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To take pics of kids dropping litter and send them to school, or is this illegal?

(23 Posts)
DeepRedBetty Wed 20-Mar-13 09:04:25

About a year ago, the shop in a village not far from here took to making children write their names with marker pen on the wrapper of everything they bought. Small village so shopkeepers knew the names anyway - no chance of getting away with writing someone else's.

If a sweetie wrapper was found blowing about, the name of the perpetrator was there for all to see.

Apparently it worked.

JustinBsMum Tue 19-Mar-13 15:31:23

Additionally check the license details of the shop - often when premises are given planning permission to operate as a business there will be clauses about impact such as littering

I think this might be a way to go. If shop thinks its license might be revoked it might put out bins, notices about littering or stop stocking crisps and serving pot noodles.

Calabria Tue 19-Mar-13 15:03:09

And this is why, every lunch time, there is a flock of gulls following the school children from the supermarket back to school.

samandi Tue 19-Mar-13 12:35:41

The school have said that anyone caught littering when out for lunch would not be aloud to go out of school during lunch for a week.

I was under the impression that littering was a crime in the UK. According to the Keep Britain Tidy website it is, and litterers can be fined between £50 to £80. If they don't pay this a fine of £2500 can be imposed.

Personally I think we should enforce zero tolerance when it comes to litter. The school should be notifying the police and their families should be charged.

But of course that won't happen. Good luck.

Maggie111 Tue 19-Mar-13 12:01:33

I would speak to the school and email all your local councillors - and encourage everyone in your street to do the same.

And if you're still struggling, speak to the school about how to get contact details for their board of governors and contact all of them.

specialsubject Tue 19-Mar-13 11:22:56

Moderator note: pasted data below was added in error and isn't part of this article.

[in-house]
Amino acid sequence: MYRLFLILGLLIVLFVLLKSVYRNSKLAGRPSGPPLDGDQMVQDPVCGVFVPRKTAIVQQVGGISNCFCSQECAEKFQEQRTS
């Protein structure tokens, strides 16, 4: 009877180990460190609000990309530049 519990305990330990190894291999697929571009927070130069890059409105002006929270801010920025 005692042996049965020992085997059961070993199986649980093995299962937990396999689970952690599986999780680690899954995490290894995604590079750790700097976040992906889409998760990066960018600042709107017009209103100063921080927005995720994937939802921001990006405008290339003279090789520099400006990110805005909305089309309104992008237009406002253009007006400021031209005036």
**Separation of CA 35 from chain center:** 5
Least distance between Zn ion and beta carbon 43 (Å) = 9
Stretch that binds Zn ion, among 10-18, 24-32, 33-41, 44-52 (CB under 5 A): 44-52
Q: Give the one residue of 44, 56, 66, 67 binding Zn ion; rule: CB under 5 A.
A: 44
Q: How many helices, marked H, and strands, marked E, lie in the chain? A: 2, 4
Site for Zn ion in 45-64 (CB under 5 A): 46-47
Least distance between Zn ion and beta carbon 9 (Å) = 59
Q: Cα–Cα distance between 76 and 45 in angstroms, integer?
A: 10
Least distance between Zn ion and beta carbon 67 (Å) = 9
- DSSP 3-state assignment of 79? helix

all hail the parent who said that they would entirely approve of this. Tell the school to tell the parents to teach their brats to behave like human beings.

And their next charity effort should be litter picking, not sponsored bloody silences.

Babyroobs Tue 19-Mar-13 11:15:23

I don't think schools are interested to be honest. Once the kids are off the premises they wash their hands of them. You would be better off contacting the council - some on the spot fines might put them off. We have exactly the same problem here in fact I know my son's friends are dropping litter on our road in the morning coming to call for him. I am very tempted to have a go at them, but know my 13 year old would be mortally embarrassed at my involvement. Between dog s**t and litter everywhere, it is not pleasant walking anywhere.

ddsmellysocks Tue 19-Mar-13 11:10:54

Do you have community police (can't think of official name)? They have been very good in policing our area on a random basis for months now around the time the offending children are out and about.

dopeysheep Tue 19-Mar-13 11:02:19

It's a shame the Russian mafia aren't available by the hour. It would be amazing to hire them for a lunchtime to scare the crap out of the uppity tosser who told your neighbour to fuck off.

EmmelineGoulden Tue 19-Mar-13 10:57:32

It is absolutely NOT illegal to take photos of children (or anyone else) littering in public.

There's not that much point to before and after photos. You've already told the school it's happening, before and after photos don't give them anymore info.

If you want to go down the photo route, I suggest for one week take photos of as many individuals as you can who are dropping litter (so long as you think you can do so comfortably and don't mind the verbal abuse your neighbour got, or think the kids would escalate). A big selection of photos at once might help the school see it as a big issue, not just the actions of a couple of rogue pupils. Send the photos to the school with a request they ensure this stops.

If they don't take effective action the next step could be sending them to the council or local paper.

Remember it's the Easter holidays in just over a week, so you might want to take photos now, but send them in at the end of the holiday so it doesn't get forgotten about.

If you took a picture of my child doing this, and sent it to the school so they could punish him for it, I would be round at your front door, quicker than you can say, to shake your hand. And I would be back with my son and a bunch of flowers bought out of his own money, and a written apology as soon as I got my hands on him.